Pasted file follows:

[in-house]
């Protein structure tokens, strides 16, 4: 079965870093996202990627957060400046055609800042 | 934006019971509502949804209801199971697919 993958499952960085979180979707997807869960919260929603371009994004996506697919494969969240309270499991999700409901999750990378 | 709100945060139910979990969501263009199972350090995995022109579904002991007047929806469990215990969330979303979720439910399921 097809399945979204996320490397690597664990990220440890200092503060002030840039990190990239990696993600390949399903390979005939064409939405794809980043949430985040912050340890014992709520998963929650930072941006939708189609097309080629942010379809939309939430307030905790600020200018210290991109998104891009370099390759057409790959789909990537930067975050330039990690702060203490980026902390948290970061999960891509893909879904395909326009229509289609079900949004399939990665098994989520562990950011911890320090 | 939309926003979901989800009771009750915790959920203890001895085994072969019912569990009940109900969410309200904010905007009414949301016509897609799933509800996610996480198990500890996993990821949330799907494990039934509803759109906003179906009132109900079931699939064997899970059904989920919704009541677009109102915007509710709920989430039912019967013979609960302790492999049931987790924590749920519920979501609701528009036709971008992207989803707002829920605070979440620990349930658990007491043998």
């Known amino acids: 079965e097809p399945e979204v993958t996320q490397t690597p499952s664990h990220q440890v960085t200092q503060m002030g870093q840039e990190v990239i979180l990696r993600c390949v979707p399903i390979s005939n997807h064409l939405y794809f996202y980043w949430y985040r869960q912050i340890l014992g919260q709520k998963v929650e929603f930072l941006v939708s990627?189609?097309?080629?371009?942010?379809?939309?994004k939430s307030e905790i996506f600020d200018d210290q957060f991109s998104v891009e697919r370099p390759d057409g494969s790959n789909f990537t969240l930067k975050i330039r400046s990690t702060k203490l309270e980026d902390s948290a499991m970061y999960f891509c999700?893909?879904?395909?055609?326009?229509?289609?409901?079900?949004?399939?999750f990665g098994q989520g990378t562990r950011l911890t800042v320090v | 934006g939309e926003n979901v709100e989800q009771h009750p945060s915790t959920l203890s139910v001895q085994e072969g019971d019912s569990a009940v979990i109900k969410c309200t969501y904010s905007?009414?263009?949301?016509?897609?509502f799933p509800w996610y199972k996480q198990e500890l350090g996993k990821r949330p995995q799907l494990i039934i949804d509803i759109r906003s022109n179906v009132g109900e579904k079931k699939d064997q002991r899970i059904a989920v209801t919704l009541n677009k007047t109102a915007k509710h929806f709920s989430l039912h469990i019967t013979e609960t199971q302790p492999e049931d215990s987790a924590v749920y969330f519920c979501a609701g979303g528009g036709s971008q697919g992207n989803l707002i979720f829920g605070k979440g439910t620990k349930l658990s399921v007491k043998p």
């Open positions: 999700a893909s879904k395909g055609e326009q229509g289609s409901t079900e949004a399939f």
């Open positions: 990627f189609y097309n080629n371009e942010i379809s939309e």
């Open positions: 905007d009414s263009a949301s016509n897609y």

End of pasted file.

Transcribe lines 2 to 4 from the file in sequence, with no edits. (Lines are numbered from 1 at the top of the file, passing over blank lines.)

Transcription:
């Protein structure tokens, strides 16, 4: 079965870093996202990627957060400046055609800042 | 934006019971509502949804209801199971697919 993958499952960085979180979707997807869960919260929603371009994004996506697919494969969240309270499991999700409901999750990378 | 709100945060139910979990969501263009199972350090995995022109579904002991007047929806469990215990969330979303979720439910399921 097809399945979204996320490397690597664990990220440890200092503060002030840039990190990239990696993600390949399903390979005939064409939405794809980043949430985040912050340890014992709520998963929650930072941006939708189609097309080629942010379809939309939430307030905790600020200018210290991109998104891009370099390759057409790959789909990537930067975050330039990690702060203490980026902390948290970061999960891509893909879904395909326009229509289609079900949004399939990665098994989520562990950011911890320090 | 939309926003979901989800009771009750915790959920203890001895085994072969019912569990009940109900969410309200904010905007009414949301016509897609799933509800996610996480198990500890996993990821949330799907494990039934509803759109906003179906009132109900079931699939064997899970059904989920919704009541677009109102915007509710709920989430039912019967013979609960302790492999049931987790924590749920519920979501609701528009036709971008992207989803707002829920605070979440620990349930658990007491043998």
């Known amino acids: 079965e097809p399945e979204v993958t996320q490397t690597p499952s664990h990220q440890v960085t200092q503060m002030g870093q840039e990190v990239i979180l990696r993600c390949v979707p399903i390979s005939n997807h064409l939405y794809f996202y980043w949430y985040r869960q912050i340890l014992g919260q709520k998963v929650e929603f930072l941006v939708s990627?189609?097309?080629?371009?942010?379809?939309?994004k939430s307030e905790i996506f600020d200018d210290q957060f991109s998104v891009e697919r370099p390759d057409g494969s790959n789909f990537t969240l930067k975050i330039r400046s990690t702060k203490l309270e980026d902390s948290a499991m970061y999960f891509c999700?893909?879904?395909?055609?326009?229509?289609?409901?079900?949004?399939?999750f990665g098994q989520g990378t562990r950011l911890t800042v320090v | 934006g939309e926003n979901v709100e989800q009771h009750p945060s915790t959920l203890s139910v001895q085994e072969g019971d019912s569990a009940v979990i109900k969410c309200t969501y904010s905007?009414?263009?949301?016509?897609?509502f799933p509800w996610y199972k996480q198990e500890l350090g996993k990821r949330p995995q799907l494990i039934i949804d509803i759109r906003s022109n179906v009132g109900e579904k079931k699939d064997q002991r899970i059904a989920v209801t919704l009541n677009k007047t109102a915007k509710h929806f709920s989430l039912h469990i019967t013979e609960t199971q302790p492999e049931d215990s987790a924590v749920y969330f519920c979501a609701g979303g528009g036709s971008q697919g992207n989803l707002i979720f829920g605070k979440g439910t620990k349930l658990s399921v007491k043998p």
């Open positions: 999700a893909s879904k395909g055609e326009q229509g289609s409901t079900e949004a399939f």